In a follow-up piece last December, investigative journalists Dana Priest and William M. Arkin described how "the United States is assembling a vast domestic intelligence apparatus to collect information about Americans, using the FBI, local police, state homeland security offices and military criminal investigators."
"The government's goal," Priest and Arkin wrote, "is to have every state and local law enforcement agency in the country feed information to Washington to buttress the work of the FBI, which is in charge of terrorism investigations in the United States."
As the Post reported, "technologies and techniques honed for use on the battlefields of Iraq and Afghanistan have migrated into the hands of law enforcement agencies in America."
This is a pernicious development. As I reported three years ago, one such program were efforts by the Department of Homeland Security, partnering-up with the Pentagon, to train America's fleet of top secret surveillance satellites on the American people.
That program, since killed by DHS, the National Applications Office, would have provided state and local authorities access to geospatial intelligence gleaned from military spy satellites and would have done so with no congressional oversight or privacy controls in place and would have handed over this sensitive data to selected law enforcement partners.
Local Police Control Ceded to the FBI
Along with intrusive techniques and highly-classified programs, Priest and Arkin wrote that the FBI has built "a database with the names and certain personal information, such as employment history, of thousands of U.S. citizens and residents whom a local police officer or a fellow citizen believed to be acting suspiciously."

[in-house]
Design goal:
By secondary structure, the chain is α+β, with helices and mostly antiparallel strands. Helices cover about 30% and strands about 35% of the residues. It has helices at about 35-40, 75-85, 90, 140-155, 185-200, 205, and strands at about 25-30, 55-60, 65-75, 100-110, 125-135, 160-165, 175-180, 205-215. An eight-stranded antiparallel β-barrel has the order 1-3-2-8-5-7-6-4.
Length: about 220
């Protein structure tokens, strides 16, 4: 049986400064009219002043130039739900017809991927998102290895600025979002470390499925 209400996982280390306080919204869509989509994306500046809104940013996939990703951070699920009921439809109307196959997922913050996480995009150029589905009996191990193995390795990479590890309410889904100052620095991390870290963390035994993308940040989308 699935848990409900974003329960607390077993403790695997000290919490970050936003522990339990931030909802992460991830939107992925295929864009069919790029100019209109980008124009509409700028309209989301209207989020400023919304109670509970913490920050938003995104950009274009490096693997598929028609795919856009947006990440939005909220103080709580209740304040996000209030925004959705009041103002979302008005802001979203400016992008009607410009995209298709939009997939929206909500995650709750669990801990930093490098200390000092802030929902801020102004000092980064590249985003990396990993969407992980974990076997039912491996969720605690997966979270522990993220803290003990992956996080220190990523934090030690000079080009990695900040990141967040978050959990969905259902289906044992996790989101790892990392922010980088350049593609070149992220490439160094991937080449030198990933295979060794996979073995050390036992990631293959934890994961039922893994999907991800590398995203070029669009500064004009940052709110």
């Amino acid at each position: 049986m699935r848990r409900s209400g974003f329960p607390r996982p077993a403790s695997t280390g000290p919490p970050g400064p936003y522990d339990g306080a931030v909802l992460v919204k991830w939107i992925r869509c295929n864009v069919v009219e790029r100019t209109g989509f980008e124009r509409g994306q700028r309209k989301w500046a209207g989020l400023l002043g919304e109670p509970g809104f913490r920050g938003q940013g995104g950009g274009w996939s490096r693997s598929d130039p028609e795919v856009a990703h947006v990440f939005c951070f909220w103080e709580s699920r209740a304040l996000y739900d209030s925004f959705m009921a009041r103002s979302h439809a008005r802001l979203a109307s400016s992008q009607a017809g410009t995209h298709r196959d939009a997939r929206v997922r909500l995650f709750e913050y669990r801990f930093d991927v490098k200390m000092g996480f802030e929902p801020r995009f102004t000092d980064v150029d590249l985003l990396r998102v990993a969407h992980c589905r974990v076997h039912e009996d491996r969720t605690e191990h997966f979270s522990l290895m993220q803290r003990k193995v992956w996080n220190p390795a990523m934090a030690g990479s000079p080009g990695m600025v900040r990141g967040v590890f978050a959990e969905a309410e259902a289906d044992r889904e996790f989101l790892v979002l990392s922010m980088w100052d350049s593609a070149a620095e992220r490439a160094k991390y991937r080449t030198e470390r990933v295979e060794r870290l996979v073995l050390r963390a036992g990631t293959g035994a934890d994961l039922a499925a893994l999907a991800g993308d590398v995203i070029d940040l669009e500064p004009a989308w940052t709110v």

What constitutes "suspicious behavior" of course, is in the eye of the beholder, and can constitute anything from taking photographs on a public street to organizing and participating in protests against America's endless wars.
Just recently, the San Francisco Bay Guardian revealed that local cops "assigned to the FBI's terrorism task force can ignore local police orders and California privacy laws to spy on people without any evidence of a crime."
Investigative journalist Sarah Phelan discovered that even after a "carefully crafted" set of rules on intelligence gathering had been in place "since police spying scandals of the 1990s," were "bypassed without the knowledge or consent of the S.F. Police Commission."